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Recombinant Interferon-a Therapy in Patients with
Follicular Lymphoma
Howard Ozer, M.D., Ph.D.1
Peter H. Wiernik, M.D.2
Francis Giles, M.D.3
Craig Tendler, M.D.4
BACKGROUND. Advanced stage, follicular, non-Hodgkin’s lymphoma (NHL) has no
cure and no single standard of care. Remissions induced by standard chemotherapy regimens generally are not durable and, with the exception of selected patients
with limited early stage disease, most patients with follicular NHL eventually die of
their disease. Recombinant interferon-a (rIFN-a) has demonstrated activity against
Allegheny University Cancer Center, Allegheny
University of the Health Sciences, Philadelphia,
Albert Einstein Cancer Center, Albert Einstein
College of Medicine, Bronx, New York.
Department of Hematology and Oncology, Cedars-Sinai Medical Center, Los Angeles, California.
Schering-Plough Research Institute, Kenilworth, New Jersey.
follicular NHL in clinical trials.
METHODS. A comprehensive survey of current therapeutic options for follicular
NHL patients was conducted with emphasis on the role of rIFN-a used in conjunction with chemotherapy regimens.
RESULTS. Phase III studies have demonstrated that rIFN-a delays disease progression and may improve overall survival when administered either with chemotherapy or as maintenance therapy after induction treatment for follicular lymphoma.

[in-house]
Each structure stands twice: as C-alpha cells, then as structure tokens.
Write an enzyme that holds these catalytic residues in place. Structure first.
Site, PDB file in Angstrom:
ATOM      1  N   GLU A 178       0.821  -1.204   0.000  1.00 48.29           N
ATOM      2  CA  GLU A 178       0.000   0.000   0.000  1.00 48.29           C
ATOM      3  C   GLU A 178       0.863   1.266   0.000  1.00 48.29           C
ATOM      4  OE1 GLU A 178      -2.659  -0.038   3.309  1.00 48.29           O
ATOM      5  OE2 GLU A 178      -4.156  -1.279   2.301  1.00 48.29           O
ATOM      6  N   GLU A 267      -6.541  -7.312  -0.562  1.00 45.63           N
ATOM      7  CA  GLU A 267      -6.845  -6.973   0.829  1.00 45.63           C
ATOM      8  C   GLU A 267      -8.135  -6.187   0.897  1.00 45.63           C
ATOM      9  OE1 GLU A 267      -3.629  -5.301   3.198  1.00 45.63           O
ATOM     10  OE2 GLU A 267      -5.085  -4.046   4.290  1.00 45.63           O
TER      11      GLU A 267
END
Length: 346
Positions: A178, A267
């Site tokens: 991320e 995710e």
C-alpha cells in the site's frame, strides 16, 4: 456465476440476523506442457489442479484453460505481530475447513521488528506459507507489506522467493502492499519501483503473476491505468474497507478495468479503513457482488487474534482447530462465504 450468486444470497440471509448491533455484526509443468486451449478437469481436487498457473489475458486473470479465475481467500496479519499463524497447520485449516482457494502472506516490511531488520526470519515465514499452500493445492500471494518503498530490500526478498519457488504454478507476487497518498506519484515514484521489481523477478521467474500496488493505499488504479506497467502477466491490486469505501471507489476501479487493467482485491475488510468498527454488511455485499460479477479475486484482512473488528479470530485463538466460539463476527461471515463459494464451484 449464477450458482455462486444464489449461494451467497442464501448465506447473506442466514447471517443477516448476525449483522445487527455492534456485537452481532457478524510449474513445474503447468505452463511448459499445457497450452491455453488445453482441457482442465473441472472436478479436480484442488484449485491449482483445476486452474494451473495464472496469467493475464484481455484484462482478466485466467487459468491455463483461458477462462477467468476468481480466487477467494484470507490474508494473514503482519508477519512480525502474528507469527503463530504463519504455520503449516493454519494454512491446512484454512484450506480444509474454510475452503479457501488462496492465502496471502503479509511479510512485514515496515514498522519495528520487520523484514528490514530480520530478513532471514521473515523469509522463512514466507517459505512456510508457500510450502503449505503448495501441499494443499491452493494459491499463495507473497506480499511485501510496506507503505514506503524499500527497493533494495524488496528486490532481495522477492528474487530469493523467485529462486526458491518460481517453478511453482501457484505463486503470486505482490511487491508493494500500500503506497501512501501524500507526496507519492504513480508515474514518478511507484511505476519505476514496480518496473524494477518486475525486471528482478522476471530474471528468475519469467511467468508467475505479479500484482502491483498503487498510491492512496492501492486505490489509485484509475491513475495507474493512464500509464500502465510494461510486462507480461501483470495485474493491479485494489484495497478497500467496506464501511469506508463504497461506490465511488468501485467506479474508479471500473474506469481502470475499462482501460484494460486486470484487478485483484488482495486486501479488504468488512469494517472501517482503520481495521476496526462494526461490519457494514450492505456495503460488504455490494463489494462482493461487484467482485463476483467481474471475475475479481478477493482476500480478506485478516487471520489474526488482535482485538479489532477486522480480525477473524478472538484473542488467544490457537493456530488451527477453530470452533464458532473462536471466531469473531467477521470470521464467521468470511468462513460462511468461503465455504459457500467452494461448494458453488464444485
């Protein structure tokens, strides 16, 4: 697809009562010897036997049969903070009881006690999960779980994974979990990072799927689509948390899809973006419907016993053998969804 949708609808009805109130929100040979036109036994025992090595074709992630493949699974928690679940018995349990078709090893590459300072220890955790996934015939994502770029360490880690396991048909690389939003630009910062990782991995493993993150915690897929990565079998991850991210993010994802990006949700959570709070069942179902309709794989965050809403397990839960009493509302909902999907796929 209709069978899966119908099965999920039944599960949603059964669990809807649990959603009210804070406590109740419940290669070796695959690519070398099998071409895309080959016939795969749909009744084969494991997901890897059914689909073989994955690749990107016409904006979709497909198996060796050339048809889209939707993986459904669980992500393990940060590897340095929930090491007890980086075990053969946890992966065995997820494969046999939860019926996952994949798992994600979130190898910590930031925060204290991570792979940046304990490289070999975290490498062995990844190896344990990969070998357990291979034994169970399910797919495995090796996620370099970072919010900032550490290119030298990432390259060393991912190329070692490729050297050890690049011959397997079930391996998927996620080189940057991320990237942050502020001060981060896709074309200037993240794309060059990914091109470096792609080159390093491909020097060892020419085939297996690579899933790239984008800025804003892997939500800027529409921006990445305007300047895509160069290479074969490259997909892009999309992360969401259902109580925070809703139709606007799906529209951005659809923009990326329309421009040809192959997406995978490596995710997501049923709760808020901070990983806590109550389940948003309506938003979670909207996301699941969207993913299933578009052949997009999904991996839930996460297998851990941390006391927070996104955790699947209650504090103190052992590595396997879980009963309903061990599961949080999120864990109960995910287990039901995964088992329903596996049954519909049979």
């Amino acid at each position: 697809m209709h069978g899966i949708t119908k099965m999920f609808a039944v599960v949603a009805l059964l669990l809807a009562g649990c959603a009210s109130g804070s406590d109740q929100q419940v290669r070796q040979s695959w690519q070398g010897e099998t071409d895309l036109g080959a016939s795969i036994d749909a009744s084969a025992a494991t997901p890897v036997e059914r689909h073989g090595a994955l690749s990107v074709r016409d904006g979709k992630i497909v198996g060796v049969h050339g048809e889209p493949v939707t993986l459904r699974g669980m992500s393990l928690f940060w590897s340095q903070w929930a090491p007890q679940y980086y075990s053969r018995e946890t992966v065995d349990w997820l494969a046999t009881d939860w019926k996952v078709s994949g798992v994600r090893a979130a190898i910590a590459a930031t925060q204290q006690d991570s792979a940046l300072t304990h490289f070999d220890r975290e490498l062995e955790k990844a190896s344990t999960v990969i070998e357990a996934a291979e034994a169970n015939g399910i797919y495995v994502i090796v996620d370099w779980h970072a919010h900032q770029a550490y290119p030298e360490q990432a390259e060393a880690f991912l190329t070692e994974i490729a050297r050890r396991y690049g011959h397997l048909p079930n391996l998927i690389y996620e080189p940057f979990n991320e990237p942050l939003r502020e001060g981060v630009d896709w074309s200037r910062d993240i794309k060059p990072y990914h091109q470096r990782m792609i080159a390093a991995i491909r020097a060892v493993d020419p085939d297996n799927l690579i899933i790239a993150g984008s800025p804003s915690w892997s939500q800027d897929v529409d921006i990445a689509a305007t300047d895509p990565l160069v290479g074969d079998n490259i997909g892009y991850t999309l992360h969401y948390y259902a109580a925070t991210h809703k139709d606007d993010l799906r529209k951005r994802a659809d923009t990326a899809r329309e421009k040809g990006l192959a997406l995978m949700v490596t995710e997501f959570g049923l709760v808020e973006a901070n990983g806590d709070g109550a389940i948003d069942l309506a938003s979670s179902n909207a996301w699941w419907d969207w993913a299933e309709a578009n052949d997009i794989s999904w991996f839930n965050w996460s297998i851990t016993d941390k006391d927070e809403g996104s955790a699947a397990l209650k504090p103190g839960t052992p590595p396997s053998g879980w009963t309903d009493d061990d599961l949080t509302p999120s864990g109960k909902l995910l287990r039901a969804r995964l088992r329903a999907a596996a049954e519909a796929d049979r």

Adverse effects from combination or maintenance regimens are not significantly
different from those from chemotherapy alone.
CONCLUSIONS. Recombinant IFN-a is safe and effective when given in conjunction
with standard chemotherapeutic regimens in selected patients with follicular NHL,
and may especially benefit patients with minimal residual disease after induction
chemotherapy. Cancer 1998;82:1821–30. q 1998 American Cancer Society.
KEYWORDS: non-Hodgkin’s lymphoma, interferon-a, combination chemotherapy,
Address for reprints: Howard Ozer, M.D., Ph.D.,
Allegheny University Cancer Center, Allegheny
University of the Health Sciences, Broad and
Vine, Mailstop 487, Philadelphia, PA 19102.
Received August 21, 1997; accepted December
15, 1997.
he incidence of non-Hodgkin’s lymphoma (NHL) has increased
by ú 65% since the early 1970s and now ranks fifth in frequency
of new cancer cases.1 Although the 5-year survival rate for NHL has
improved from 31% to 52% over the past 30 years, the mortality rate
has more than doubled during the same period. Follicular lymphomas
constitute the vast majority of low to intermediate grade NHL. They
comprise the most common NHL subgroup, representing approximately 35% of all cases.2,3 The disease is characterized by a follicular
growth pattern, a B-cell immunophenotype, and the presence of a
t(14; 18) chromosomal translocation with rearrangement of the bcl-2